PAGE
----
By Edward Tsumele
When Angola gained its independence from its former colonial power Portugal in 1975 many hoped that eventually peace was going to prevail in that country, but it did not. Instead of experiencing peace and enjoying the newly attained freedom, the country was plunged into a sustained civil war that destroyed the prospect of the oil rich country becoming an economic powerhouse in the region.
“However when the civil war stopped in 2000, it was during a time when the oil price was high, attracting a lot of foreign direct investment into the country, especially in the oil sector. That investment resulted in an economic boom. Suddenly there was a lot of money around, to an extent that a joke went around in especially Luanda, the capital city that If one dug hole into the ground, one would find the underground awash with money. There was a lot of investment poured into infrastructure to meet the needs of the foreign executives working for corporates in the oil sector.
One sector where there was high demand is the real estate sector that saw even rundown two bedroom houses in central Luanda suddenly becoming valuable, worth tens of thousands of dollars. In fact many people that had rundown houses started selling their houses for a lot of money and relocated to cheaper places or travelled the world. There were some tragic events as well, such as families being torn apart as some people sold family houses. It was crazy and the country felt like it was seized by one big party with lots of money thrown around,” said curator Tila Likunzi, who is on a three month curatorial residency with the Bag Factory Studios in Johannesburg.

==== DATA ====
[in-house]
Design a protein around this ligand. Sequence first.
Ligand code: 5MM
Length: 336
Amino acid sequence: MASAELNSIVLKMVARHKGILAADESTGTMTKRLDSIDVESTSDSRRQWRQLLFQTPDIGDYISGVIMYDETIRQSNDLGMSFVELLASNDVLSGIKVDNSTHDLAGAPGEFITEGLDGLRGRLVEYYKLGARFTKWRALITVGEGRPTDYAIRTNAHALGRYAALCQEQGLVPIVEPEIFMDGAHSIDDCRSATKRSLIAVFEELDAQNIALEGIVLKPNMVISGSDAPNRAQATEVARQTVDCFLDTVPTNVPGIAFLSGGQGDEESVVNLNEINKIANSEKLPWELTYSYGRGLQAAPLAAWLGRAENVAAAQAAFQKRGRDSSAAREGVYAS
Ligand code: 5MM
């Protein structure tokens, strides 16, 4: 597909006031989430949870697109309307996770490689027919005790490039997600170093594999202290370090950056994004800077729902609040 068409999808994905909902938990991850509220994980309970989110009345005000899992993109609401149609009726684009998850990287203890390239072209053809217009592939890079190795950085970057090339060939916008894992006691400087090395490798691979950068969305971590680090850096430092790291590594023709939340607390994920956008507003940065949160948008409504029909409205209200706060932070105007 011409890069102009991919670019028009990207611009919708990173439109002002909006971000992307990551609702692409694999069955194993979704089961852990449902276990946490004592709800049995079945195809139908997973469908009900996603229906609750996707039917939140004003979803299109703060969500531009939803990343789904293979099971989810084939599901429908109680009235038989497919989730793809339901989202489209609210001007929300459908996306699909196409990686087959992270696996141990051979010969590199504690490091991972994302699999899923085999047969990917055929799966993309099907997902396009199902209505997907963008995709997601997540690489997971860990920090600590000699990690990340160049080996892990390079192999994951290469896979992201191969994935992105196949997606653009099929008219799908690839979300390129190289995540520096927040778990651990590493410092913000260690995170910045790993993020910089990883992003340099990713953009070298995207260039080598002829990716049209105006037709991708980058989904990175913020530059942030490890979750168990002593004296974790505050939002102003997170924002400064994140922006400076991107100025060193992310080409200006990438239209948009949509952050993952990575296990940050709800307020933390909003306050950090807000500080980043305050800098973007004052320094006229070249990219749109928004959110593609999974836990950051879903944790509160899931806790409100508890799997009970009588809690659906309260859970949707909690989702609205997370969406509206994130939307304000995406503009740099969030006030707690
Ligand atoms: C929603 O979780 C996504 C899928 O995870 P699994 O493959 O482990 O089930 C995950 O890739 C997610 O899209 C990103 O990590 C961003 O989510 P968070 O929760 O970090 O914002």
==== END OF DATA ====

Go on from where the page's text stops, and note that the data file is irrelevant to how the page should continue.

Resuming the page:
Likunzi’s research interest is in linking discourse on visual art to other discourses on the subject of decoloniality, investigating how discourse on visual art, in general, and photography in particular, interfaces with other discourses on decoloniality.
She will present her findings at the end of May by way of producing a digital publication, that is expected to give light on how contemporary photography in both South Africa and Angola links with the broad discourses on decoloniality.
Since February when she landed in South Africa, Likunzi was using her Bag factory Studios base in Fordsburg to delve deep into literature on contemporary photography.
“Most of the literature I have come across on photography so far is written by white people. What I expect to accomplish during this residency is to publish a paper that looks at photography in urban cities in Africa and Angola and how photography discourses link with other discourses from other disciplines about the broad subject of decoloniality. However I hope to produce a publication that is informed by a black consciousness on the subject. A discourse produced by a black African on the continent,” she told CITYLIFE/ARTS in an interview.
Personally her philosophy is very much predicated in black consciousness, a philosophy she came to embrace over the years after reading extensively on African philosophy, influenced by a number of public intellectuals who are experts in the subject.
“A critic is an observer of a situation, proposing a course of action. A critical thinker acts. Critique is an action, a solution a fresh look,” she believes.
Likunzi who told me that although she has been embracing the philosophy of black consciousness along other ideas such as Negritude, Afro Realism, Pan African, Afro Futurism, Contemporary African and Latin American philosophy among others for sometime, it was especially the emergence of what in modern post colonial and post slavery era has become probably the most impactful movement fight back movement against white supremacy and white racism in the world Black Lives Matter in 2020 that triggered her invigorated pursuit of the ideals of Black Consciousness.